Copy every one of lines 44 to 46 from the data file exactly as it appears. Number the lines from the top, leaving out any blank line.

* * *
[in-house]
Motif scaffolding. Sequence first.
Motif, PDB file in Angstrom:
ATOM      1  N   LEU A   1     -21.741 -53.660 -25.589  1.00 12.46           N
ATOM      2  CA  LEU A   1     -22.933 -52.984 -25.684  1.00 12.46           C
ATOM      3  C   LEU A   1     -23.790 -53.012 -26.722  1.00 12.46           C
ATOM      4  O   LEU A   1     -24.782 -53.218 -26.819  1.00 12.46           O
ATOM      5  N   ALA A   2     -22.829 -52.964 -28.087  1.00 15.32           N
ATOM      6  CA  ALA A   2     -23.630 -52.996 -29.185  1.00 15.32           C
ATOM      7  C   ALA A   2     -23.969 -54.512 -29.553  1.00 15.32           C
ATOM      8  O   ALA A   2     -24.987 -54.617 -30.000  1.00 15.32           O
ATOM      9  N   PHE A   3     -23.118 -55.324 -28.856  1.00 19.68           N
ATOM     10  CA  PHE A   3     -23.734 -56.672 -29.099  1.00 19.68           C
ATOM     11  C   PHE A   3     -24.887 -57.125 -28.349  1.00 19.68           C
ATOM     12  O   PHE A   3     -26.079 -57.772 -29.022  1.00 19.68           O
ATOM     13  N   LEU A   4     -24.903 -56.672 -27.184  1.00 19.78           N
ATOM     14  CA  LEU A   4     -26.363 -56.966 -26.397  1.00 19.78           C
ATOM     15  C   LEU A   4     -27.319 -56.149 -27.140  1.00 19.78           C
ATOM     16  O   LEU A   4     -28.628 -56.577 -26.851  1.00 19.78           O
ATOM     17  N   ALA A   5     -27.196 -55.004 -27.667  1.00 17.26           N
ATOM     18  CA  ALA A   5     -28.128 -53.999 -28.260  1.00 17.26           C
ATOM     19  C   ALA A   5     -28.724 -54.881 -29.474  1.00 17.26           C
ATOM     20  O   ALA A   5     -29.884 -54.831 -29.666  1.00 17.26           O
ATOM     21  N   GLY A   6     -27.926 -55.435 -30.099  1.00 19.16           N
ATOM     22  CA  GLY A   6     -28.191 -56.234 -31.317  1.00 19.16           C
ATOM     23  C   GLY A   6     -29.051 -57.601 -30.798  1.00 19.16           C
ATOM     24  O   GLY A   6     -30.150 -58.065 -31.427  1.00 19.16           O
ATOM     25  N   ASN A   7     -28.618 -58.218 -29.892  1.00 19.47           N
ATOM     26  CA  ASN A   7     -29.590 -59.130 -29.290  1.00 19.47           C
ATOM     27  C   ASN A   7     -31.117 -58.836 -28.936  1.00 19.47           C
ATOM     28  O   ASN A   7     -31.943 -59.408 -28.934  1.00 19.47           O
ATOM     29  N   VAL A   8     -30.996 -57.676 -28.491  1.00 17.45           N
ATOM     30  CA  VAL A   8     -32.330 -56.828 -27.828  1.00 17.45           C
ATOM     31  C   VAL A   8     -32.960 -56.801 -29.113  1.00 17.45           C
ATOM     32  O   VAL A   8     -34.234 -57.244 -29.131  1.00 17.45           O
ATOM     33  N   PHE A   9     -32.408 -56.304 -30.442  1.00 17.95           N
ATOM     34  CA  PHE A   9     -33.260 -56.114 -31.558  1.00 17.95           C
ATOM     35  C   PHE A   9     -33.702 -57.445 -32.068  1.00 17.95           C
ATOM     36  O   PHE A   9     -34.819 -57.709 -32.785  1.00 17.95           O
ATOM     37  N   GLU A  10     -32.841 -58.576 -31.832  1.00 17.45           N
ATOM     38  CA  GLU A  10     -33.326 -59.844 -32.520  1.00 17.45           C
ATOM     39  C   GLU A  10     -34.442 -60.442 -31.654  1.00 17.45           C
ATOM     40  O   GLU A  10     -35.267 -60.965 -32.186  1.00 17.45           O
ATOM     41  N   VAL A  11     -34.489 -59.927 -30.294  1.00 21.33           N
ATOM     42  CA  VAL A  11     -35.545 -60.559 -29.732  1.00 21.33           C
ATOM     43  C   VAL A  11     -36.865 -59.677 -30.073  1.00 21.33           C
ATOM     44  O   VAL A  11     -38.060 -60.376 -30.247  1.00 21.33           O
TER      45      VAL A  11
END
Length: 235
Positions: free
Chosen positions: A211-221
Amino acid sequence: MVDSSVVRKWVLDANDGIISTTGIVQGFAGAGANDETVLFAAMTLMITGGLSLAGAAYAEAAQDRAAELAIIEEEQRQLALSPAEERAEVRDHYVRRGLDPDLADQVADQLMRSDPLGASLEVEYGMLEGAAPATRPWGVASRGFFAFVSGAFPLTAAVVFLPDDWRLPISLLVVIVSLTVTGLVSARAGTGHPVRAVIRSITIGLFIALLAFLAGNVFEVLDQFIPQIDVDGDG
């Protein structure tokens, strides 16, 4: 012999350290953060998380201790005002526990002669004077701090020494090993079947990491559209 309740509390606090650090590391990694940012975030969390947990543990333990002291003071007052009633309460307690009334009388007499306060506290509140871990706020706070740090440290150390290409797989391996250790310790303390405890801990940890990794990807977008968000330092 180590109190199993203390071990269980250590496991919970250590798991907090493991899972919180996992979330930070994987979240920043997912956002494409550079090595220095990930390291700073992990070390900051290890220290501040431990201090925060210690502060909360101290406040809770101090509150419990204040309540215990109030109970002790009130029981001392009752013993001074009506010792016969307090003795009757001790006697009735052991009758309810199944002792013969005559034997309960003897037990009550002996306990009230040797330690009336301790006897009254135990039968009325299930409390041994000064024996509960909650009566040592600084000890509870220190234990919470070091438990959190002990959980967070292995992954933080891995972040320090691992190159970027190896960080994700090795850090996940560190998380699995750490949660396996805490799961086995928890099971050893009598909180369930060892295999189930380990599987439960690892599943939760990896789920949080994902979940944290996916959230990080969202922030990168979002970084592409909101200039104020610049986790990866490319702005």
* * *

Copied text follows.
ATOM     41  N   VAL A  11     -34.489 -59.927 -30.294  1.00 21.33           N
ATOM     42  CA  VAL A  11     -35.545 -60.559 -29.732  1.00 21.33           C
ATOM     43  C   VAL A  11     -36.865 -59.677 -30.073  1.00 21.33           C